Wednesday, November 2, 2011

Eye Pain in a 20 Year Old Patient

I walked into the urgent care clinic exam room at about 6 pm one evening,  to see a new 20 year old obese African-American patient.  She was there with both of her parents. 
“Hi, I’m Sharon, how can I help?” I asked.
TaRhonda stood there leaning against the exam table with her hand over her left eye.  She moved her head up a little bit and mumbled, “my left eye hurts again and I’ve got this green stuff on my eyelids.”
“Okay, when did this start?”
“Last night,” replied TaRhonda. 
“You’re protecting your eye, which tells me that light hurts your eye?” I asked.
TaRhonda nodded her head ‘yes.’
“What about your sight, are you having problems with it out of your left eye?”
TaRhonda mumbed, “it’s blurry.”
“How bad is the pain in your eye?”
“It’s a constant hurt on this side of my face, “ TaRhonda replied as she gently stroked her left side of her face with her right hand.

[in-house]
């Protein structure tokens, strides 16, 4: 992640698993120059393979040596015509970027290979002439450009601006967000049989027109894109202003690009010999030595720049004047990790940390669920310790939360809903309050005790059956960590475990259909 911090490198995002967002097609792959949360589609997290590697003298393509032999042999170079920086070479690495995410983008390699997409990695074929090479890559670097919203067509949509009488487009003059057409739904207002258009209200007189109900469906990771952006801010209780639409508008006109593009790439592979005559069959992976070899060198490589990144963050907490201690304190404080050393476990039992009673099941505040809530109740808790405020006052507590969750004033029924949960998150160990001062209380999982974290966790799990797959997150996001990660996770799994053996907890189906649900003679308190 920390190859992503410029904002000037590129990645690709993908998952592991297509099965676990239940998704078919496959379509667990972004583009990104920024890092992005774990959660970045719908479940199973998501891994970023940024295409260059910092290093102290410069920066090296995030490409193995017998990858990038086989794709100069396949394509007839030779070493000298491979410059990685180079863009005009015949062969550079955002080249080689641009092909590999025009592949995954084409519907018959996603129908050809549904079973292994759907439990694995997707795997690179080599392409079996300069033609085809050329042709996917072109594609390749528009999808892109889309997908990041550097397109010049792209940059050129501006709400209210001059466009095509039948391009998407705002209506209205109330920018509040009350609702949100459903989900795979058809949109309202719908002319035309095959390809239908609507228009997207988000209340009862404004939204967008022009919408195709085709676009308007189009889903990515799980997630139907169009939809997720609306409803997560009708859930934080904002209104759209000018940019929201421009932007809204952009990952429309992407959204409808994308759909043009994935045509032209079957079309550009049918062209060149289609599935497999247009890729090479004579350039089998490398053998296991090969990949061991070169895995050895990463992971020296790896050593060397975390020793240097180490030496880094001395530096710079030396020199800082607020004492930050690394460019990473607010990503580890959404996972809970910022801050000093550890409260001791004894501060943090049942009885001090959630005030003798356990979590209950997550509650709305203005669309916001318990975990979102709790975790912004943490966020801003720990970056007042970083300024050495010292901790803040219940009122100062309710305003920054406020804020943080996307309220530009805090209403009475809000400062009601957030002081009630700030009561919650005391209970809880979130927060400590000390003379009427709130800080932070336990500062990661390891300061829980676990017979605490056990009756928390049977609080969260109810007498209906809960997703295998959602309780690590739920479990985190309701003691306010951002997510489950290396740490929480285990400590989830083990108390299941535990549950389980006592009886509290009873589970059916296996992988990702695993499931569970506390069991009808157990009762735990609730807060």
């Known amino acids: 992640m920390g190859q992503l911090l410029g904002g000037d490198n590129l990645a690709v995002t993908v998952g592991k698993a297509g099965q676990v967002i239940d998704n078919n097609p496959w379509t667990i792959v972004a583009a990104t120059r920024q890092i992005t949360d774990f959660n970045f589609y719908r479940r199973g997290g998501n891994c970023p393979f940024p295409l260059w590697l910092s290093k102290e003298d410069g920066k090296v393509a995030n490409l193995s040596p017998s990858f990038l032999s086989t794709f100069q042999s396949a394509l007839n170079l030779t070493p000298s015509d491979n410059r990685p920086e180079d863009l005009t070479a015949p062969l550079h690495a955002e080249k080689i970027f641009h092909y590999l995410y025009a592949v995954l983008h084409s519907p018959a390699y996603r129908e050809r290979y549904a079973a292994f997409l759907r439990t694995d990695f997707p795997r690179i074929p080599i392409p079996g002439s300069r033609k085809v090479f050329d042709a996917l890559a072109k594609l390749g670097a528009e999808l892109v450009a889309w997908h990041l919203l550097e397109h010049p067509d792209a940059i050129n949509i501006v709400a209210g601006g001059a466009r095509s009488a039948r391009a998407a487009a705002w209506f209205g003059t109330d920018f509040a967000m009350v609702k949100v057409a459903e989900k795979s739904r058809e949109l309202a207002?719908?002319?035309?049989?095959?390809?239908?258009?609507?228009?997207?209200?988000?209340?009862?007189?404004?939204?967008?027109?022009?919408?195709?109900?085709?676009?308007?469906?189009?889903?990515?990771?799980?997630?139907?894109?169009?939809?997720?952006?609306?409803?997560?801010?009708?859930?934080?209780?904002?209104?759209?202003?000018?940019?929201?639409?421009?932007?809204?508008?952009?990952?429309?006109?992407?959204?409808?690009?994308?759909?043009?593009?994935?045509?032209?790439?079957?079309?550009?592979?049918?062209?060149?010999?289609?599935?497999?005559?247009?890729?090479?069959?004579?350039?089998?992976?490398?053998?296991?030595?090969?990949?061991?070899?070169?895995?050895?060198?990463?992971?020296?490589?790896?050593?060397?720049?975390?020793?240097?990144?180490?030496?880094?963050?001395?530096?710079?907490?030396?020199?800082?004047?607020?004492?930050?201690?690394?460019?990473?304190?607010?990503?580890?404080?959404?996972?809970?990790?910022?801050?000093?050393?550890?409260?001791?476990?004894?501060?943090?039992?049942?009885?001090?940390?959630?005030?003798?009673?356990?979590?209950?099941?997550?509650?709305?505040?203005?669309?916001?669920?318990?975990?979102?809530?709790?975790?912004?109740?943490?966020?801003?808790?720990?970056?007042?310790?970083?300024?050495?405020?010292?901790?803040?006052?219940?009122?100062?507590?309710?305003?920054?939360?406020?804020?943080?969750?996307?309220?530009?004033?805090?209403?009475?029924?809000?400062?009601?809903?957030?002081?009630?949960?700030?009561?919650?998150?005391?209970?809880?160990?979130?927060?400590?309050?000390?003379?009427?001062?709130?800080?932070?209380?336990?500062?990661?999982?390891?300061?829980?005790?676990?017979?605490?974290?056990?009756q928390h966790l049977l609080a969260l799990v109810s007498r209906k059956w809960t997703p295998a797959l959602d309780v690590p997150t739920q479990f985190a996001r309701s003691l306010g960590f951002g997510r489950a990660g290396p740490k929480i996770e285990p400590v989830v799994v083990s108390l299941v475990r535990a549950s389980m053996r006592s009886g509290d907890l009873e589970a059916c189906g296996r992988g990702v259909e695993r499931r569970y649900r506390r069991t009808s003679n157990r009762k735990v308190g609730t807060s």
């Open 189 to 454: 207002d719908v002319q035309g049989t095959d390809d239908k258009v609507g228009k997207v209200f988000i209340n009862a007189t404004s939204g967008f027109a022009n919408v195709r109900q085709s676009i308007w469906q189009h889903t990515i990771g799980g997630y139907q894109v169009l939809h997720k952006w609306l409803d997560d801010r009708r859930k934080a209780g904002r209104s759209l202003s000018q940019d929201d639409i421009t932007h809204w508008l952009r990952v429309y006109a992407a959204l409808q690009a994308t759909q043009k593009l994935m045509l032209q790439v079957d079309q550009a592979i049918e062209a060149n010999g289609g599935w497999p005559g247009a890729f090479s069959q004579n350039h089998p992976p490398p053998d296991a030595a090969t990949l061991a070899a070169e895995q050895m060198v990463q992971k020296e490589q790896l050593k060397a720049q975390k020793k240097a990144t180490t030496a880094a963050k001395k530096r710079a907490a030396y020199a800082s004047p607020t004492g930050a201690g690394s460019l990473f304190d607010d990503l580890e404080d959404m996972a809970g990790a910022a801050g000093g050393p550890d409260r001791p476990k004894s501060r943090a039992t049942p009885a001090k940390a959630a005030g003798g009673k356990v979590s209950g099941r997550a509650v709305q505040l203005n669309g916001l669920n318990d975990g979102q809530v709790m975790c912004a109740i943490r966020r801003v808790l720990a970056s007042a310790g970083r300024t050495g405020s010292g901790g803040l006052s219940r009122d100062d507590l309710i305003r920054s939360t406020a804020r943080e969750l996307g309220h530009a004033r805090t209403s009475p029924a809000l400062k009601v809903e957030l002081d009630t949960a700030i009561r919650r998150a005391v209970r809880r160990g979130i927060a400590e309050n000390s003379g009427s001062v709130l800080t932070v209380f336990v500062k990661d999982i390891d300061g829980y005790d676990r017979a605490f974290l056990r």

“Can you take your hand away from your eye so that I can see what’s going on?”
TaRhonda moved her right hand towards the light switch and with a few flicks of her free hand up and down, motioned for me to turn the overhead light off.
“You’re telling me you need the light off?” I confirmed.
TaRhonda moved her head up and down with a positive nod. 
I turned the overhead light off,  afterwhich TaRhonda moved her hand down, and using the wall mounted welch allyn otoscope’s light I shined it on TaRhonda’s lower left forehead so as to not shine direct light into her eye.  The reflected light showed green drainage coming from her left eye, it was very injected, red, and looked somewhat swollen.  I looked at her right eye and it was normal. 
“Okay, I’m going to give you a clean small dressing to put over your eye with some tape so that your hand doesn’t have to continue to protect it from the light.”
Hearing this, TaRhonda nodded ‘yes’ with her head.
After TaRhonda taped the dressing to her face I turned the overhead light back on.